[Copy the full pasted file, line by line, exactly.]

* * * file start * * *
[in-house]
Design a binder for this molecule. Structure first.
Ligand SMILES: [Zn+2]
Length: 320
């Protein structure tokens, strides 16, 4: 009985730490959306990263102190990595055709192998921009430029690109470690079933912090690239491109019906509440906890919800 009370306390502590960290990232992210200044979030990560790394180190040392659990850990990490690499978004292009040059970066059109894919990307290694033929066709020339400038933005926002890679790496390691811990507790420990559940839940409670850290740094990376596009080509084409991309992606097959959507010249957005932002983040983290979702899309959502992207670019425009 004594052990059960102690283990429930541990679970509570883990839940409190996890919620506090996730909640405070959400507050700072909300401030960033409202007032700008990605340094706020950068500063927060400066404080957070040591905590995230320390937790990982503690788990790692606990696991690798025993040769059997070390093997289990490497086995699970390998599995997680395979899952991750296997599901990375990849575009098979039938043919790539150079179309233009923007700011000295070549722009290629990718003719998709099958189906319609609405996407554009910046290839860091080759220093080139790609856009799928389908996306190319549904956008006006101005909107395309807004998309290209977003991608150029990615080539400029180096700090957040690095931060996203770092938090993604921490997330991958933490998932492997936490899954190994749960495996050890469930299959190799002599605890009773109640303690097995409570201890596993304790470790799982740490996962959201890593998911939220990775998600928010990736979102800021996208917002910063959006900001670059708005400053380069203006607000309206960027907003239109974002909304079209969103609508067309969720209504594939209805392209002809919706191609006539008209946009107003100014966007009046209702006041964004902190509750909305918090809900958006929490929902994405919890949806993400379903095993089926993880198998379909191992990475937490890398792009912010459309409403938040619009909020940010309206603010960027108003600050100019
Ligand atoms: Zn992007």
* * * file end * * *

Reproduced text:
[in-house]
Design a binder for this molecule. Structure first.
Ligand SMILES: [Zn+2]
Length: 320
């Protein structure tokens, strides 16, 4: 009985730490959306990263102190990595055709192998921009430029690109470690079933912090690239491109019906509440906890919800 009370306390502590960290990232992210200044979030990560790394180190040392659990850990990490690499978004292009040059970066059109894919990307290694033929066709020339400038933005926002890679790496390691811990507790420990559940839940409670850290740094990376596009080509084409991309992606097959959507010249957005932002983040983290979702899309959502992207670019425009 004594052990059960102690283990429930541990679970509570883990839940409190996890919620506090996730909640405070959400507050700072909300401030960033409202007032700008990605340094706020950068500063927060400066404080957070040591905590995230320390937790990982503690788990790692606990696991690798025993040769059997070390093997289990490497086995699970390998599995997680395979899952991750296997599901990375990849575009098979039938043919790539150079179309233009923007700011000295070549722009290629990718003719998709099958189906319609609405996407554009910046290839860091080759220093080139790609856009799928389908996306190319549904956008006006101005909107395309807004998309290209977003991608150029990615080539400029180096700090957040690095931060996203770092938090993604921490997330991958933490998932492997936490899954190994749960495996050890469930299959190799002599605890009773109640303690097995409570201890596993304790470790799982740490996962959201890593998911939220990775998600928010990736979102800021996208917002910063959006900001670059708005400053380069203006607000309206960027907003239109974002909304079209969103609508067309969720209504594939209805392209002809919706191609006539008209946009107003100014966007009046209702006041964004902190509750909305918090809900958006929490929902994405919890949806993400379903095993089926993880198998379909191992990475937490890398792009912010459309409403938040619009909020940010309206603010960027108003600050100019
Ligand atoms: Zn992007």